Bill from Clive, IA

Good morning! If GB decided to bundle our two second-round picks to trade up, what do the trade value charts say would be the single-selection equivalent to that? Same question for our two third-rounders. Thanks!

The Packers' two second-rounders (41 and 58) could get them as high as the low 20s in the first round. The two third-rounders (88 and 91) could get them back into the very bottom of the second.

Jim from Edgerton, WI

I just read that the Packers are cutting De'Vondre Campbell and designating him as a post-June 1 cut. I've read and re-read the impact on the salary cap and still don't really understand the benefit of designating him as a post-June 1 cut. Can you explain? Thanks.

Releasing Campbell will create a roughly $11M dead cap hit, and by designating the move as post-June 1, the Packers can spread out that dead money over two years rather than count it all at once. So, they're sacrificing some cap space in '25 for a little more in '24.

Chris from Marshfield, WI

When teams "push money into the future" with signing bonuses paid out immediately, where do they come up with that money? Is it sort of a loan from the NFL paid back in future years?

Uh, no. Signing bonuses are paid immediately, and teams must have that cash on hand to make those payments. Pushing money into the future has nothing to do with cash on hand. It's just salary-cap accounting for money that's already been paid.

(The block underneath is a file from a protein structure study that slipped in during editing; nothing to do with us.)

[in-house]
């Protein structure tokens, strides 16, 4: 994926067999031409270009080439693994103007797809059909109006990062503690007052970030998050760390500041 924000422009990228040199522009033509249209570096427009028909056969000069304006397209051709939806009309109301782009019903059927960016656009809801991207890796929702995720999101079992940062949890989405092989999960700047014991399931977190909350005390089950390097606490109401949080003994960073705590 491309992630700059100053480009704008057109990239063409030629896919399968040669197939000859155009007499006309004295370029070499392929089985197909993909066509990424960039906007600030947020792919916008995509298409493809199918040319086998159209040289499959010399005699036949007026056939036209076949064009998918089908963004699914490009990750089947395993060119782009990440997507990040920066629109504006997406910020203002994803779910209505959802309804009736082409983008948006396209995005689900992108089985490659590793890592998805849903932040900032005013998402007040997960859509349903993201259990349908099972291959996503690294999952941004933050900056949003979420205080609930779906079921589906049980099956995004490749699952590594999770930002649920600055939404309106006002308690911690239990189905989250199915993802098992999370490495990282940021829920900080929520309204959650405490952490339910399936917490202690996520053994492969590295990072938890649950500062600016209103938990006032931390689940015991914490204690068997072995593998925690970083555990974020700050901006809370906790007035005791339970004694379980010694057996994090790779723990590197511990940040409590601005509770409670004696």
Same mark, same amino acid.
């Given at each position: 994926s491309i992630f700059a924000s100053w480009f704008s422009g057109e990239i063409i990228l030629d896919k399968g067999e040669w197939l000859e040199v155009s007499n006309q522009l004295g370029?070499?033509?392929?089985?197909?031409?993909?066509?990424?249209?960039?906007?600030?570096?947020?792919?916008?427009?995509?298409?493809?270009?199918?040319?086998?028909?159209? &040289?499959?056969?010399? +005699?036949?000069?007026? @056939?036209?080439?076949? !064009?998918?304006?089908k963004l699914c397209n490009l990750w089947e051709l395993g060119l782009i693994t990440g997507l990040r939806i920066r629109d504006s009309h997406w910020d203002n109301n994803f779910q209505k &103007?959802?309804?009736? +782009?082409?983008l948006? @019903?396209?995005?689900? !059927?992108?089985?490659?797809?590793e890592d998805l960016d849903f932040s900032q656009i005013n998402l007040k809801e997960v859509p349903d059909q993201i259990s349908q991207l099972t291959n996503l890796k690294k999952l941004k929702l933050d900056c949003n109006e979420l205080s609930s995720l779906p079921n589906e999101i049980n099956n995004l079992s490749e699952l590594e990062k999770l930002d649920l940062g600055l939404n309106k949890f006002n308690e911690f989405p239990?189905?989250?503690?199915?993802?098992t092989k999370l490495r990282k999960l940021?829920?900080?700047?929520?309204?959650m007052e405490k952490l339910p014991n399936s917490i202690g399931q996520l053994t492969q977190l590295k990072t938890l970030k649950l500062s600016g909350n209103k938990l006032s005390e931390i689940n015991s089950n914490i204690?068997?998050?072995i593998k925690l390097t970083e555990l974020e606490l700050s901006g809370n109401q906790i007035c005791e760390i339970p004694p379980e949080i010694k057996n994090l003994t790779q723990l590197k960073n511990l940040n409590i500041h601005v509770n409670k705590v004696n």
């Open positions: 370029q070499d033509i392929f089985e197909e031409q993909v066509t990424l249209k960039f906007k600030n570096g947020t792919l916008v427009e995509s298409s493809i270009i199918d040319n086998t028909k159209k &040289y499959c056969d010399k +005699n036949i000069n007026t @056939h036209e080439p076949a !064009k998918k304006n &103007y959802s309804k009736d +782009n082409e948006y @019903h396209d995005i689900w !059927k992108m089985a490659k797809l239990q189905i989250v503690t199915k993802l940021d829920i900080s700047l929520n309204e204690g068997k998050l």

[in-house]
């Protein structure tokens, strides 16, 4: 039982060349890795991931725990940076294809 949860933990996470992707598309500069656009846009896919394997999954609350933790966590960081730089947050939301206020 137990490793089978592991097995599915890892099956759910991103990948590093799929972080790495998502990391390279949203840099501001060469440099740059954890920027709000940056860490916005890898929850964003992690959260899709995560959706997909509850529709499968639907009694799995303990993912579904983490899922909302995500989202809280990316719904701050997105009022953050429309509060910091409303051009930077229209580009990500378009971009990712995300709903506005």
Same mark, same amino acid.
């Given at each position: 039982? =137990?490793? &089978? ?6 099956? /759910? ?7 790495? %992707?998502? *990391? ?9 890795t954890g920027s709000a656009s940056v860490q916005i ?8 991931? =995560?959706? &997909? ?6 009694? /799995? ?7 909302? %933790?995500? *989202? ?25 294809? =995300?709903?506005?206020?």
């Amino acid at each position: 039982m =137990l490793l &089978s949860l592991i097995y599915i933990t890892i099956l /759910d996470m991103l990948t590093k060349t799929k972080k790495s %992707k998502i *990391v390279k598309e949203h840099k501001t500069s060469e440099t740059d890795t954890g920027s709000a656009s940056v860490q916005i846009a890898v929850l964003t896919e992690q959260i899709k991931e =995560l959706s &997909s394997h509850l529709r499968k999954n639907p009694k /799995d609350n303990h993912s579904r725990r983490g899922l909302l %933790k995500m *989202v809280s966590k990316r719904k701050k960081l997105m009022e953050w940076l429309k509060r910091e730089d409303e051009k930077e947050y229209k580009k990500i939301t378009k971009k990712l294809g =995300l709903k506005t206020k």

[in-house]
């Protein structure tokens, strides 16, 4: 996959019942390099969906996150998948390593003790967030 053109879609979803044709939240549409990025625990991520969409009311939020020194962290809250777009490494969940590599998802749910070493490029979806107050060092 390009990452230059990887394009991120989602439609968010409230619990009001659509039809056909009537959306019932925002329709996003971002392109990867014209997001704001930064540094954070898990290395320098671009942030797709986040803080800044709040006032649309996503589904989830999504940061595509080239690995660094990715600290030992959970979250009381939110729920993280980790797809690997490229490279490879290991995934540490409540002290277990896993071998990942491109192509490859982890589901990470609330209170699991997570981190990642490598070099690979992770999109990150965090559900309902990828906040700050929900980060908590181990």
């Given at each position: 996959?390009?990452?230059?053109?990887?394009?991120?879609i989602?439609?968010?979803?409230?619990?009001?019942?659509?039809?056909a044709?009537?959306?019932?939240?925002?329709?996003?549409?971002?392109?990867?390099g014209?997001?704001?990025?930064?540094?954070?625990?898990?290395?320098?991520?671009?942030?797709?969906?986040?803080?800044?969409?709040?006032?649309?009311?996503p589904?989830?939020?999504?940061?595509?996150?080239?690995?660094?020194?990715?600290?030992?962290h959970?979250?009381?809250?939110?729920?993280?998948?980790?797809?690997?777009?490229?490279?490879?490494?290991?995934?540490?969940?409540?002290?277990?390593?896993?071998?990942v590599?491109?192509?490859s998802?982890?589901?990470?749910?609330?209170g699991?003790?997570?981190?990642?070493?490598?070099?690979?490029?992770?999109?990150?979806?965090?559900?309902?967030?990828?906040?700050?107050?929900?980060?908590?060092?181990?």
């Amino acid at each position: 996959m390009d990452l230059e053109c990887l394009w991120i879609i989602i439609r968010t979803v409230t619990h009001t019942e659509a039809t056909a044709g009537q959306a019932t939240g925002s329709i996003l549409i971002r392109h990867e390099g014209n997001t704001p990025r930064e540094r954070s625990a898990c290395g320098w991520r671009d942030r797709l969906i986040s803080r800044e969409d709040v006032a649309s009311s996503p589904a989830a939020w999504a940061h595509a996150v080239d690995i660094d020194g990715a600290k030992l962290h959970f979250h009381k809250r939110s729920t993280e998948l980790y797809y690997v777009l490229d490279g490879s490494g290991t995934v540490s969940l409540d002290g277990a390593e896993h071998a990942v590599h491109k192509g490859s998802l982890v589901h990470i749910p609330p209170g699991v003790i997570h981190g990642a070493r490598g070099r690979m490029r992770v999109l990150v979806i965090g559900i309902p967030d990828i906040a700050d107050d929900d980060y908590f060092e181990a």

Jim from Midlothian, VA

Follow-up to Joe from Dartford's question regarding considering division rivals' strengths when drafting players. If memory serves me correctly, didn't the Packers draft three defensive backs one year in response to the rise of Randy Moss as a difference-maker for the Vikings?

Yes, and several folks brought up Ron Wolf's '99 draft that featured DBs Antuan Edwards, Fred Vinson and Mike McKenzie as the first three picks. I remember it well, but the fact it was so long ago and it's the only example anyone can recall tells you how rare the approach is. Gutey reminded me in Indy during our media chat that while McKenzie was ultimately regarded as the best of the three players, Vinson, became the most valuable to the Packers. He was traded to Seattle for Ahman Green.